Property Law Decisions: Decided

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The Supreme Court is reaching the final cases of its October 2014 term, and has some doozies on the docket.

From raisin rights to marriage rights and the right to a humane execution, here are some of the highlights on next week's SCOTUS oral argument calendar.

Mass. Strip Club Can Buck Regulations Thanks to Federal Ruling

A strip club in Massachusetts can operate with fewer restrictions thanks to a recent federal appellate court's ruling.

Showtime Entertainment LLC sued the town of Mendon because of the hamlet's "maze of regulations" which made it near impossible to establish or operate an adult entertainment business there. Mendon's bylaws focused specifically on adult entertainment businesses like Showtime, requiring them to be within a size and height limit, mandating off-duty policemen to patrol the business, and forbidding alcohol.

Why did the court rule for Showtime over Mendon's rules?

Wash. Judge Rules for No-Pot City, Blocks MJ Shops

A Washington state judge has ruled that a suburb of Tacoma can prohibit marijuana retail operations despite the new state law legalizing the practice.

The ruling came in a case brought by a resident of the town of Fife who wished to open a pot shop there but was blocked by city authorities, reports The Associated Press.

What was the basis of the ruling and what does it mean for the future of Washington's still-fresh foray into legalized marijuana sales?

Chicago's Gun Ban Struck Down, but Ruling Placed On Hold

A city ban on gun sales within Chicago is unconstitutional, a federal judge ruled. U.S. District Judge Edmond E. Chang said the city ban, aimed to curb gun violence, is unconstitutional because it goes too far in barring buyers and dealers from engaging in lawful sales. The ruling opens the possibility for retail gun retailers to set up shop in Chicago.

For now, however, the judgment is stayed, until the city can figure out its next steps.

NYC Tenants' Settlement Upheld in Alleged Landlord Fraud Case

A NYC tenant settlement affecting more than 20,000 rent-regulated tenants has been upheld by the United States Court of Appeals for the Second Circuit. On Monday, the federal appeals court ruled that a 2011 settlement of a tenants' class-action lawsuit was indeed reasonable and fair, The New York Times reports.

This ruling has paved the way for these tenants to seek individual compensation from their landlord over rent overcharges and any other complaints.

But why did the settlement come into question in the first place?

New York, Occupy Wall Street Settle Books Lawsuit for $232k

NYC librarians can quietly rejoice as Occupy Wall Street's "People's Library" settled a federal lawsuit with the city over the destruction of 2,800 books during a police raid on Zuccotti Park in late 2011.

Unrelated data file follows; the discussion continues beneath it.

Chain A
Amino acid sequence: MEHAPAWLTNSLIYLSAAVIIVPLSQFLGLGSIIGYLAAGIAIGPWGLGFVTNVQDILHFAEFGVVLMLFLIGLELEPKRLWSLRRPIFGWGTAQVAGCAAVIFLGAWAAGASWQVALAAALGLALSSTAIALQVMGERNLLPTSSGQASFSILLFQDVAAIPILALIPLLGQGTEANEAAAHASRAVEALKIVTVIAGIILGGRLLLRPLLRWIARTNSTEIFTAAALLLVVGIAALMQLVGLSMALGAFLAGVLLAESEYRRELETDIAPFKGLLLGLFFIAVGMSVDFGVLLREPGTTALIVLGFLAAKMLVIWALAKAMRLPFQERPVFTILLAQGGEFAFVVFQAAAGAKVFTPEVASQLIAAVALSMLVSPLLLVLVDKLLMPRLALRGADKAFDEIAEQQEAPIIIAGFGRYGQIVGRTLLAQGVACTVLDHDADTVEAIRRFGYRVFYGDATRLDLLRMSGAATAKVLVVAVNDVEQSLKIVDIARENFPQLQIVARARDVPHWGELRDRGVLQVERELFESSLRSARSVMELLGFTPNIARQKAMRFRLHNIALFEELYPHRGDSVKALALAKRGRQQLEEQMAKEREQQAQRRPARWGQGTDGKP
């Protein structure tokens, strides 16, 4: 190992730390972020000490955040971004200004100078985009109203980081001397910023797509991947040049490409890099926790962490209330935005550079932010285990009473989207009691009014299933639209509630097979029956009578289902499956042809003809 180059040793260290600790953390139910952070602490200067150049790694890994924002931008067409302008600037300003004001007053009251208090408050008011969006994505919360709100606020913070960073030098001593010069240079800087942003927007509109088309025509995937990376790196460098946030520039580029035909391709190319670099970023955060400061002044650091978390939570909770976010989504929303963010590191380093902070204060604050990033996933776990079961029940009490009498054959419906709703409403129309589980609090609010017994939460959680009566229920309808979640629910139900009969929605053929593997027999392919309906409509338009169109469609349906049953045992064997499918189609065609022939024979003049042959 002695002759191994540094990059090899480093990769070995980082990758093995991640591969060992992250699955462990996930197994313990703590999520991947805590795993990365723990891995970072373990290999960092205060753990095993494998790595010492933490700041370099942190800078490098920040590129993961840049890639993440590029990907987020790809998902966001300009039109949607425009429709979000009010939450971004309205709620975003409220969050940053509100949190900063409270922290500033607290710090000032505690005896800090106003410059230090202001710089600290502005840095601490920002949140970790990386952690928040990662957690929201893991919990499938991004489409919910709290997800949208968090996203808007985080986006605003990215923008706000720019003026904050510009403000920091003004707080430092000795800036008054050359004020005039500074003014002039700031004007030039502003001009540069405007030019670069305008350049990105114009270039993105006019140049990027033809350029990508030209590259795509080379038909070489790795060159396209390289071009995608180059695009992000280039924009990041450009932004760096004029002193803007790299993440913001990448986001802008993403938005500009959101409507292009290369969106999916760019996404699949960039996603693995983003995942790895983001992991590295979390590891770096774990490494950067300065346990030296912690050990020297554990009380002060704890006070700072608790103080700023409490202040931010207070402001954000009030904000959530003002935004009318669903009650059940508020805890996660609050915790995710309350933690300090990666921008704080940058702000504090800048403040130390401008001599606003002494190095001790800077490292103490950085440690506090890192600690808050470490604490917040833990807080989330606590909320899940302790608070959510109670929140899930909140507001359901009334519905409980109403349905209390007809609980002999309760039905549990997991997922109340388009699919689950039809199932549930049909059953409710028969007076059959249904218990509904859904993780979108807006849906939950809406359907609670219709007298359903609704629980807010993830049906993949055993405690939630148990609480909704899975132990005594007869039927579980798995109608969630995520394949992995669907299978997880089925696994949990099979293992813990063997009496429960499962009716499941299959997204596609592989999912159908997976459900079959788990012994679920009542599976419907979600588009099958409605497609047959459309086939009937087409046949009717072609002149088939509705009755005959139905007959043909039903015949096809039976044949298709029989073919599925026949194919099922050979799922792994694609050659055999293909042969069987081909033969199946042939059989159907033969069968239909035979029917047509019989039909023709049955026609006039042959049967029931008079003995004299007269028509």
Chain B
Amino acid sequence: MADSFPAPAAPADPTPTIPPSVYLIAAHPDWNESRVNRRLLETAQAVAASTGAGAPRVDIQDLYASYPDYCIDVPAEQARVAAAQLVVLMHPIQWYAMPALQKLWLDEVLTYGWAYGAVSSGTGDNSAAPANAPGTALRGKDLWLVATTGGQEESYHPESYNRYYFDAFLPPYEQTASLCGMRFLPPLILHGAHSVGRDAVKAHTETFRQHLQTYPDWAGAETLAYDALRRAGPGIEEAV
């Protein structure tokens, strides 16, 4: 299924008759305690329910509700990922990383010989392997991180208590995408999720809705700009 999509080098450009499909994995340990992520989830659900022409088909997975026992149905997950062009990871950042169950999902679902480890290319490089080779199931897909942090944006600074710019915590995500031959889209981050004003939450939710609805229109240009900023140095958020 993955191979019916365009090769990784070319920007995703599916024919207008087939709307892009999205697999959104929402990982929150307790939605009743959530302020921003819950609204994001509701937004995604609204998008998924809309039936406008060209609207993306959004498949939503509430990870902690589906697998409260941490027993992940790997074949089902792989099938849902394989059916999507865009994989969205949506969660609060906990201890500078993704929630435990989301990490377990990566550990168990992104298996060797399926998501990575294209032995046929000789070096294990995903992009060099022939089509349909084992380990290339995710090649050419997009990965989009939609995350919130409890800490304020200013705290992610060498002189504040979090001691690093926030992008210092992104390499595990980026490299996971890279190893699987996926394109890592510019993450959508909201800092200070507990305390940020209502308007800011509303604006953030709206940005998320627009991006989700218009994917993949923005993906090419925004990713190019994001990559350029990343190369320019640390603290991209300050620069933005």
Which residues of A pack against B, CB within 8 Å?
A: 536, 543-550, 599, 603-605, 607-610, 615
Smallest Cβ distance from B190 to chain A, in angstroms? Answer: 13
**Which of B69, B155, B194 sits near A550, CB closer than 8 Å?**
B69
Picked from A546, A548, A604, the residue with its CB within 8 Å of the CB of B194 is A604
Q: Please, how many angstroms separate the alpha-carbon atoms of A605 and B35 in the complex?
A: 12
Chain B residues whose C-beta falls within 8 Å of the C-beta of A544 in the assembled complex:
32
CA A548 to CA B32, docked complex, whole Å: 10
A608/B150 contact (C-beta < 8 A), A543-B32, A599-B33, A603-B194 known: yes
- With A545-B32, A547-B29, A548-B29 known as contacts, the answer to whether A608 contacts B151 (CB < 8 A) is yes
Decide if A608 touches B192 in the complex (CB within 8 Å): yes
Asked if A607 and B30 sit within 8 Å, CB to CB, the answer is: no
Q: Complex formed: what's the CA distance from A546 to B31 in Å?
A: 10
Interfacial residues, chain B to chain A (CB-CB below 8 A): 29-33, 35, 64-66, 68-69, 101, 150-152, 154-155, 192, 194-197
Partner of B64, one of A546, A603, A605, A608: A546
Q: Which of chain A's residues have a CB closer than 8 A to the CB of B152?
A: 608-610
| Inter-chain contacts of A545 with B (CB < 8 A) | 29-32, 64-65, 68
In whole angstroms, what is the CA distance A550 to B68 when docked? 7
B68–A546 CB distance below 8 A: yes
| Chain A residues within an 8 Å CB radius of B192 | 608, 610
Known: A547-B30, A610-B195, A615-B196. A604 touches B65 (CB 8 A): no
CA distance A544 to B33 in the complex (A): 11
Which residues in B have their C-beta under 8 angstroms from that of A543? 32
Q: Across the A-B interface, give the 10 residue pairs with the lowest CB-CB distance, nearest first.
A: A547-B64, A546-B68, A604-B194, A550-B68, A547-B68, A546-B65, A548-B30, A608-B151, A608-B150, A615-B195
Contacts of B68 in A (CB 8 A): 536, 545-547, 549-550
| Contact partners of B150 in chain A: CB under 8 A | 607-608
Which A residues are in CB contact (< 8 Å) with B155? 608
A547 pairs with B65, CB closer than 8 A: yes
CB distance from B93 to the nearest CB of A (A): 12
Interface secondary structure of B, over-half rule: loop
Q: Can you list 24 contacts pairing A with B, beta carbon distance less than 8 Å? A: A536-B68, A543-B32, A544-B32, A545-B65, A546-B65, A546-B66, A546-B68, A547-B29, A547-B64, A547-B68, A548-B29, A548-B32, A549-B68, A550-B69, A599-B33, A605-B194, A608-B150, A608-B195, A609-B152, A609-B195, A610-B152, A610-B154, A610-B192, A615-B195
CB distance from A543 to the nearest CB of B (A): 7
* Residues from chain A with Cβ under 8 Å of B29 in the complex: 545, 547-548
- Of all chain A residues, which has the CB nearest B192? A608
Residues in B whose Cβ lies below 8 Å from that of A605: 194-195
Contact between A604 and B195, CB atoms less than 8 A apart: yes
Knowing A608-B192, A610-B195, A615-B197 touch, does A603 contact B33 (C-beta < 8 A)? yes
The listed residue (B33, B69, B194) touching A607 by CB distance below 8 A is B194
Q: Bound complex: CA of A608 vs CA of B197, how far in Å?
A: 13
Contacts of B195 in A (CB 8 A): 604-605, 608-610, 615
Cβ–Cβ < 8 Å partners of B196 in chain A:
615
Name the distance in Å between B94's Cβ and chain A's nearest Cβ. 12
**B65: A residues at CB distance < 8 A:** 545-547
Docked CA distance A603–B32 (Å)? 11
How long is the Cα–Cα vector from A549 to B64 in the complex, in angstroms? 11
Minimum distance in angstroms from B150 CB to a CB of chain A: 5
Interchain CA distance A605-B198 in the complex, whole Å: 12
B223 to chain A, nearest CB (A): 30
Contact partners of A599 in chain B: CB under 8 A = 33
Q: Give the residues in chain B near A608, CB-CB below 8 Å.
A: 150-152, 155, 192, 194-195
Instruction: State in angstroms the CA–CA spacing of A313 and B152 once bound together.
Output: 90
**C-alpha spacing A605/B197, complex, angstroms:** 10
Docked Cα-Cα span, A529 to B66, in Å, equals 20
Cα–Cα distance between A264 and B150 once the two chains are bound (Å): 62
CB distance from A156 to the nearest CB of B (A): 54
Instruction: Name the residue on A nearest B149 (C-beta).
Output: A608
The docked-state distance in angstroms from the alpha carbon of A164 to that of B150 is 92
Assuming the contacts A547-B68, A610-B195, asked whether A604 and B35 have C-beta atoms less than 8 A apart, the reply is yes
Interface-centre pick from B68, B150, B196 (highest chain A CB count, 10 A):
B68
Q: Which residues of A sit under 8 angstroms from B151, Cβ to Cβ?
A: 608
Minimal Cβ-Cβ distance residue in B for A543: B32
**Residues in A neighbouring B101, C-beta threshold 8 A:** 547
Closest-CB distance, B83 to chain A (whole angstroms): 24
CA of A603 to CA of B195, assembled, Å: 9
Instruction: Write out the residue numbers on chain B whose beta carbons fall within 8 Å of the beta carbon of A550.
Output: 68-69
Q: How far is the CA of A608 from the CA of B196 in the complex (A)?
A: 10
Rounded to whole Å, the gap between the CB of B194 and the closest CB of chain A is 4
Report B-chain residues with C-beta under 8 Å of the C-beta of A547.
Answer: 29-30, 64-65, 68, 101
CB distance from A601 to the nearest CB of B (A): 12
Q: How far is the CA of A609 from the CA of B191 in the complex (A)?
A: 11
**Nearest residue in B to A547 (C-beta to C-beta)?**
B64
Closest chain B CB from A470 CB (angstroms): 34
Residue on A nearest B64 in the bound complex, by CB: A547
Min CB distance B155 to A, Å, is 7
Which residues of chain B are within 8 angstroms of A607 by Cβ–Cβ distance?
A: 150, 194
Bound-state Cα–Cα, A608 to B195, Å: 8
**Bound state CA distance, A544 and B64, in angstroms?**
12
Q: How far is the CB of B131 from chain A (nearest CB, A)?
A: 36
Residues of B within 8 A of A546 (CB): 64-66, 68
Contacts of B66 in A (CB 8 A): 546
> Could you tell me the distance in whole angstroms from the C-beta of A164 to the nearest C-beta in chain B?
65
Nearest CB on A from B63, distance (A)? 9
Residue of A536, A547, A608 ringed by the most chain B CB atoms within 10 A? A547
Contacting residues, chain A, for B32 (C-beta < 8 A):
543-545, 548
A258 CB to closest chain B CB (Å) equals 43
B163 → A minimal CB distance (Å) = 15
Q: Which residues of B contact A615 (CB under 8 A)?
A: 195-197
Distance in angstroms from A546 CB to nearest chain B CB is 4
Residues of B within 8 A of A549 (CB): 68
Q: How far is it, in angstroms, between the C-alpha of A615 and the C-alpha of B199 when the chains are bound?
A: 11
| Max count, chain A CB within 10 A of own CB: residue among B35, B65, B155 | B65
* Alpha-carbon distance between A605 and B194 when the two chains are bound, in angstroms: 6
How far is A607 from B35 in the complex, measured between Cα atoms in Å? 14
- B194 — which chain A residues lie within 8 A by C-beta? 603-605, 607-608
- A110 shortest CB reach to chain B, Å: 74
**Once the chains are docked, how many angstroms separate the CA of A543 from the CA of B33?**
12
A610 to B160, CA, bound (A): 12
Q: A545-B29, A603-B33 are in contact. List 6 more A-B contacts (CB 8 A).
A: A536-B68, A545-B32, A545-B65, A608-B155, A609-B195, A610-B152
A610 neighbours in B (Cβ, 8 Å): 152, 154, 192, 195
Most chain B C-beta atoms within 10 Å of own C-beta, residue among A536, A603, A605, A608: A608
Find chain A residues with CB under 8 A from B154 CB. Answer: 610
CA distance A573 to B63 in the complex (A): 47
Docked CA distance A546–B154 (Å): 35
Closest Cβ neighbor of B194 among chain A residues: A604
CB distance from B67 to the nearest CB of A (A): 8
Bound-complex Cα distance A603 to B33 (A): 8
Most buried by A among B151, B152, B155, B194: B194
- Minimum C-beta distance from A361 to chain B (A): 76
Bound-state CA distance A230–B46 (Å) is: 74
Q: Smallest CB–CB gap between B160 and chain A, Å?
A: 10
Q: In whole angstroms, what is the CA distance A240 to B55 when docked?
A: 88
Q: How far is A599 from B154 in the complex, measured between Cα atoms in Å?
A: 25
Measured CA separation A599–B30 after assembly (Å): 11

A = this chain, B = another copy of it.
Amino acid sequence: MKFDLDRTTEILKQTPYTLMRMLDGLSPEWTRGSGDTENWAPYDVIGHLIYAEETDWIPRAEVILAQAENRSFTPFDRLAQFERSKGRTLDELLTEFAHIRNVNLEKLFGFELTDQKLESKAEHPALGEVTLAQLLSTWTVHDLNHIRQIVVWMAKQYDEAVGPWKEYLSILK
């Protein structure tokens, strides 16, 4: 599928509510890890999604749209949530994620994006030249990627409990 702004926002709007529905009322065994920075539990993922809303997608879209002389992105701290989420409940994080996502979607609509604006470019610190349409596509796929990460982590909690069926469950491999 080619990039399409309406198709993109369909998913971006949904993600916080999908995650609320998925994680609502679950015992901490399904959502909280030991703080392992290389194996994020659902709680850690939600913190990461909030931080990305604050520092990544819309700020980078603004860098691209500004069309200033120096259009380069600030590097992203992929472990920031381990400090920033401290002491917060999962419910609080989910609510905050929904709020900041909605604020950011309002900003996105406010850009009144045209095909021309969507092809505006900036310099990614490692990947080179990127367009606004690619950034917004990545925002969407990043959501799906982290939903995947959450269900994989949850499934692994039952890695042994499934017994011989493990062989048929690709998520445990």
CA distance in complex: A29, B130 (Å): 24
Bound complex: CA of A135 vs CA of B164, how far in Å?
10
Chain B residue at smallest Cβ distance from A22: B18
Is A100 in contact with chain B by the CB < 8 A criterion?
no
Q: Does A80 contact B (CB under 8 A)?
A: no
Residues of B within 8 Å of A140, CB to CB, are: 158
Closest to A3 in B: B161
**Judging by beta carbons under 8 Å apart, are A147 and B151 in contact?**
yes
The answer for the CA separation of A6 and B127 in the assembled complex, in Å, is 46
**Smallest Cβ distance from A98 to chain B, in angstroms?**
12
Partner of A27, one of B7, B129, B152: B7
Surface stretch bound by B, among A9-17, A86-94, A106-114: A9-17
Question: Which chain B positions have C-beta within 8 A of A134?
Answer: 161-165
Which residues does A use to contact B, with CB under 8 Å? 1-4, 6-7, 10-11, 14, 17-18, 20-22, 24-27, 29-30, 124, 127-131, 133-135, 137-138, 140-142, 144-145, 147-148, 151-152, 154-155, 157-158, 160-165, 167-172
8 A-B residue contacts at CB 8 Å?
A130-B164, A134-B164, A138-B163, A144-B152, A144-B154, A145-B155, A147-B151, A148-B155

The $232,000 Occupy settlement has raised a few eyebrows because of where the bulk of the money is going.

Floating Home Was Not a Boat, Supreme Court Rules

Don't call it a "houseboat." The U.S. Supreme Court ruled this week that a Florida man's floating home was not a vessel. For the record, a houseboat has means of propulsion, and Fane Lozman's home did not.

Because of that distinction, the "floating home" should not have been seized by the City of Riviera Beach under federal maritime law, the Court held.

But why would a city try to seize a man's houseboat -- er, floating residence -- in the first place? And then argue it all the way up to the Supreme Court? Well, the home's owner was a bit of a pain in the neck, NPR reports.

Foreclosure Settlement to Cost 10 Banks $8.5B

There's good news for past and present homeowners, as a group of 10 banks have reached a settlement over claims of foreclosure abuse.

The deal makes changes to an enforcement action by the Federal Reserve and the Office of the Comptroller of Currency. The original action required banks to hire independent consultants to investigate foreclosure abuse and make victims whole.

But that process proved both inefficient and ineffective. Now the parties have reached a separate agreement that will hopefully benefit foreclosure victims.

Digital Data on Cell Phones Don't Get Privacy Protections: Court

Be careful what you keep on your cell phone, because digital data will not be given privacy protection under the Stored Communications Act (SCA), according to a federal court.

The SCA prohibits unauthorized access to digital information stored in temporary and back-up storage, but the law doesn't specify what kind of storage is protected from unsanctioned investigation.

That question has been cleared up by the 5th U.S. Circuit Court of Appeals, but the ruling is not necessarily consumer-friendly.

Supreme Court's Dam Decision May Open the Floodgates to Lawsuits

The Supreme Court has found that the federal government may have to compensate property owners who suffer flood damage caused by the government. This dam decision may open the floodgates to litigation.

In an 8-0 decision, the Supreme Court found that intentional flooding caused by the Army Corps of Engineers in Missouri may be considered government taking of the property. This would be no different than a government occupation or invasion of property, the court ruled.

As a result, the government may have to compensate the property owners.